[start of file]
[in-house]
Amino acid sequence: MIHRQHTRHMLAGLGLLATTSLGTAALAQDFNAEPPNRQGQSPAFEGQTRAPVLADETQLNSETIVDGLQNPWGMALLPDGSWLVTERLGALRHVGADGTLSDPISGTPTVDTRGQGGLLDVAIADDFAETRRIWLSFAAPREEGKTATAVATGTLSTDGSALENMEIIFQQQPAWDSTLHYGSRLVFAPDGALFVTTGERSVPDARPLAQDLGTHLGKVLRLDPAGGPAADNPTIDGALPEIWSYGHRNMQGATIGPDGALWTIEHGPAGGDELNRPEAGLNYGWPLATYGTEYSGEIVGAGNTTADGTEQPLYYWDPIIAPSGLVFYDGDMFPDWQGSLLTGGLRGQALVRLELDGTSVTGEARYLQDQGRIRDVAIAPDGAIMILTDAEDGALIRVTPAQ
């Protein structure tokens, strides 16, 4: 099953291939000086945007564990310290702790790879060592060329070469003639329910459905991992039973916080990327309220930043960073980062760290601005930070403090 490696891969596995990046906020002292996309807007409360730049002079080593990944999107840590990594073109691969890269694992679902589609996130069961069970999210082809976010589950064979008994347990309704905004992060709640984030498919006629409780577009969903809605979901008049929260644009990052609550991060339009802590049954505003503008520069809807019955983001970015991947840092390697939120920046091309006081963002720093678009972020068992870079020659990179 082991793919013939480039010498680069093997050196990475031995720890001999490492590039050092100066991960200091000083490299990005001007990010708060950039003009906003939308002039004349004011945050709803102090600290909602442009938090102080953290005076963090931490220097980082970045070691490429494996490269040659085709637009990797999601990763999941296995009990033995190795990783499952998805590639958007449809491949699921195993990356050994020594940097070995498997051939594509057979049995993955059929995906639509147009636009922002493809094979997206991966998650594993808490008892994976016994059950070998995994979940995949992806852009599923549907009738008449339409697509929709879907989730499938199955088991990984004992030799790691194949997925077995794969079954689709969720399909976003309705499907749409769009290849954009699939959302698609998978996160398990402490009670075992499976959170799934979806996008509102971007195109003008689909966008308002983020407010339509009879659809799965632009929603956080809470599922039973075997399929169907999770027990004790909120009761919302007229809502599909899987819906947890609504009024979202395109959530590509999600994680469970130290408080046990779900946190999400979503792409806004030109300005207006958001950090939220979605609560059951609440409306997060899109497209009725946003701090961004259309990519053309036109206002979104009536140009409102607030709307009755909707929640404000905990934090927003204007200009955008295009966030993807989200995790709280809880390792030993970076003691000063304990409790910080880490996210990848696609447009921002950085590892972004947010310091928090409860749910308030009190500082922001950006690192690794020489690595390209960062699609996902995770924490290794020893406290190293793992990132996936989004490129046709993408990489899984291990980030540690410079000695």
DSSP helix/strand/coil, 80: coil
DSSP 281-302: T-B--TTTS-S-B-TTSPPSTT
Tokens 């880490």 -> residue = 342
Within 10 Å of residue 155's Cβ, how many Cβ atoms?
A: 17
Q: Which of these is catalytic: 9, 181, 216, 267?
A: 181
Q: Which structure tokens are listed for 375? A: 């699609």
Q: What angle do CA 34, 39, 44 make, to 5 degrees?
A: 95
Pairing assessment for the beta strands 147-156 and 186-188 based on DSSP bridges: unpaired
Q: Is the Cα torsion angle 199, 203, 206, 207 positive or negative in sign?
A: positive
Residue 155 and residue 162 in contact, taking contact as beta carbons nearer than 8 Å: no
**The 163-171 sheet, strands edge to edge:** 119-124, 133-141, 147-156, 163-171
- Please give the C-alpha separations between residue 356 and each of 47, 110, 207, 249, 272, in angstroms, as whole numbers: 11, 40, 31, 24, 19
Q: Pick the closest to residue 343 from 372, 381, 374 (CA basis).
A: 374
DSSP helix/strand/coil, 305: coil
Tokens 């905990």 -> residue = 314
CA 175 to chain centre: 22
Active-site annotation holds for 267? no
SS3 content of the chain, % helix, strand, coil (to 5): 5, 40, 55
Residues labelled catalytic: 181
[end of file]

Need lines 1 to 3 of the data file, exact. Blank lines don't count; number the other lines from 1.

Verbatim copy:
[in-house]
Amino acid sequence: MIHRQHTRHMLAGLGLLATTSLGTAALAQDFNAEPPNRQGQSPAFEGQTRAPVLADETQLNSETIVDGLQNPWGMALLPDGSWLVTERLGALRHVGADGTLSDPISGTPTVDTRGQGGLLDVAIADDFAETRRIWLSFAAPREEGKTATAVATGTLSTDGSALENMEIIFQQQPAWDSTLHYGSRLVFAPDGALFVTTGERSVPDARPLAQDLGTHLGKVLRLDPAGGPAADNPTIDGALPEIWSYGHRNMQGATIGPDGALWTIEHGPAGGDELNRPEAGLNYGWPLATYGTEYSGEIVGAGNTTADGTEQPLYYWDPIIAPSGLVFYDGDMFPDWQGSLLTGGLRGQALVRLELDGTSVTGEARYLQDQGRIRDVAIAPDGAIMILTDAEDGALIRVTPAQ
């Protein structure tokens, strides 16, 4: 099953291939000086945007564990310290702790790879060592060329070469003639329910459905991992039973916080990327309220930043960073980062760290601005930070403090 490696891969596995990046906020002292996309807007409360730049002079080593990944999107840590990594073109691969890269694992679902589609996130069961069970999210082809976010589950064979008994347990309704905004992060709640984030498919006629409780577009969903809605979901008049929260644009990052609550991060339009802590049954505003503008520069809807019955983001970015991947840092390697939120920046091309006081963002720093678009972020068992870079020659990179 082991793919013939480039010498680069093997050196990475031995720890001999490492590039050092100066991960200091000083490299990005001007990010708060950039003009906003939308002039004349004011945050709803102090600290909602442009938090102080953290005076963090931490220097980082970045070691490429494996490269040659085709637009990797999601990763999941296995009990033995190795990783499952998805590639958007449809491949699921195993990356050994020594940097070995498997051939594509057979049995993955059929995906639509147009636009922002493809094979997206991966998650594993808490008892994976016994059950070998995994979940995949992806852009599923549907009738008449339409697509929709879907989730499938199955088991990984004992030799790691194949997925077995794969079954689709969720399909976003309705499907749409769009290849954009699939959302698609998978996160398990402490009670075992499976959170799934979806996008509102971007195109003008689909966008308002983020407010339509009879659809799965632009929603956080809470599922039973075997399929169907999770027990004790909120009761919302007229809502599909899987819906947890609504009024979202395109959530590509999600994680469970130290408080046990779900946190999400979503792409806004030109300005207006958001950090939220979605609560059951609440409306997060899109497209009725946003701090961004259309990519053309036109206002979104009536140009409102607030709307009755909707929640404000905990934090927003204007200009955008295009966030993807989200995790709280809880390792030993970076003691000063304990409790910080880490996210990848696609447009921002950085590892972004947010310091928090409860749910308030009190500082922001950006690192690794020489690595390209960062699609996902995770924490290794020893406290190293793992990132996936989004490129046709993408990489899984291990980030540690410079000695």